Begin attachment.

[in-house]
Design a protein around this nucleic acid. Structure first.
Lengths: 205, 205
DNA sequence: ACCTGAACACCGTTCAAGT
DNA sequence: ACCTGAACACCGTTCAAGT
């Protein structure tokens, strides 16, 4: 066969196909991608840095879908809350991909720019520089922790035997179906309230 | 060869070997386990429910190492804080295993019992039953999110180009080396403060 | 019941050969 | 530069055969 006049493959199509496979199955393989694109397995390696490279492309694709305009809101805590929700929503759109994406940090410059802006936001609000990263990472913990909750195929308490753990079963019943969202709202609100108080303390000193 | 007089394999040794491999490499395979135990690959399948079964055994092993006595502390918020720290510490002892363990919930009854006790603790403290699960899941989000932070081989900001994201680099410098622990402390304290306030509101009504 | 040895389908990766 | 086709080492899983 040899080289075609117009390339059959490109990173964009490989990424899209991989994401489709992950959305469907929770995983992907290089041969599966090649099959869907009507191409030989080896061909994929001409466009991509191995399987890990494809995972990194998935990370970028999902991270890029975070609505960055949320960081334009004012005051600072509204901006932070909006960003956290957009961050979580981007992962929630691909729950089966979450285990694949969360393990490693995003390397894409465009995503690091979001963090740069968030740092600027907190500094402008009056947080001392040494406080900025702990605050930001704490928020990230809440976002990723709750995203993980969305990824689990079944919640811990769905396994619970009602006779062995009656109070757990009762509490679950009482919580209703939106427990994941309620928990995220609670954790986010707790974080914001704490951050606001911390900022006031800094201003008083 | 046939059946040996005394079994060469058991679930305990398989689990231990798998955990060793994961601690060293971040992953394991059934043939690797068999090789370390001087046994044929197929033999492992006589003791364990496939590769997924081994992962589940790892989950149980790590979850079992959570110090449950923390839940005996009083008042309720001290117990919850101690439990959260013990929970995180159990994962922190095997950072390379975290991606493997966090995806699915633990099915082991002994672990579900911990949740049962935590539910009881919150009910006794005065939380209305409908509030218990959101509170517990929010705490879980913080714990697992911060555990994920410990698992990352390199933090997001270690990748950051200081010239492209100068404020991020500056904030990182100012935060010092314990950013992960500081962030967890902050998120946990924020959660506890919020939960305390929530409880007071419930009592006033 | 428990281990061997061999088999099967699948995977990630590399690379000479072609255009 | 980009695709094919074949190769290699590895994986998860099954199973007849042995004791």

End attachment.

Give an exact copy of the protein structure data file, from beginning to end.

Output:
[in-house]
Design a protein around this nucleic acid. Structure first.
Lengths: 205, 205
DNA sequence: ACCTGAACACCGTTCAAGT
DNA sequence: ACCTGAACACCGTTCAAGT
């Protein structure tokens, strides 16, 4: 066969196909991608840095879908809350991909720019520089922790035997179906309230 | 060869070997386990429910190492804080295993019992039953999110180009080396403060 | 019941050969 | 530069055969 006049493959199509496979199955393989694109397995390696490279492309694709305009809101805590929700929503759109994406940090410059802006936001609000990263990472913990909750195929308490753990079963019943969202709202609100108080303390000193 | 007089394999040794491999490499395979135990690959399948079964055994092993006595502390918020720290510490002892363990919930009854006790603790403290699960899941989000932070081989900001994201680099410098622990402390304290306030509101009504 | 040895389908990766 | 086709080492899983 040899080289075609117009390339059959490109990173964009490989990424899209991989994401489709992950959305469907929770995983992907290089041969599966090649099959869907009507191409030989080896061909994929001409466009991509191995399987890990494809995972990194998935990370970028999902991270890029975070609505960055949320960081334009004012005051600072509204901006932070909006960003956290957009961050979580981007992962929630691909729950089966979450285990694949969360393990490693995003390397894409465009995503690091979001963090740069968030740092600027907190500094402008009056947080001392040494406080900025702990605050930001704490928020990230809440976002990723709750995203993980969305990824689990079944919640811990769905396994619970009602006779062995009656109070757990009762509490679950009482919580209703939106427990994941309620928990995220609670954790986010707790974080914001704490951050606001911390900022006031800094201003008083 | 046939059946040996005394079994060469058991679930305990398989689990231990798998955990060793994961601690060293971040992953394991059934043939690797068999090789370390001087046994044929197929033999492992006589003791364990496939590769997924081994992962589940790892989950149980790590979850079992959570110090449950923390839940005996009083008042309720001290117990919850101690439990959260013990929970995180159990994962922190095997950072390379975290991606493997966090995806699915633990099915082991002994672990579900911990949740049962935590539910009881919150009910006794005065939380209305409908509030218990959101509170517990929010705490879980913080714990697992911060555990994920410990698992990352390199933090997001270690990748950051200081010239492209100068404020991020500056904030990182100012935060010092314990950013992960500081962030967890902050998120946990924020959660506890919020939960305390929530409880007071419930009592006033 | 428990281990061997061999088999099967699948995977990630590399690379000479072609255009 | 980009695709094919074949190769290699590895994986998860099954199973007849042995004791």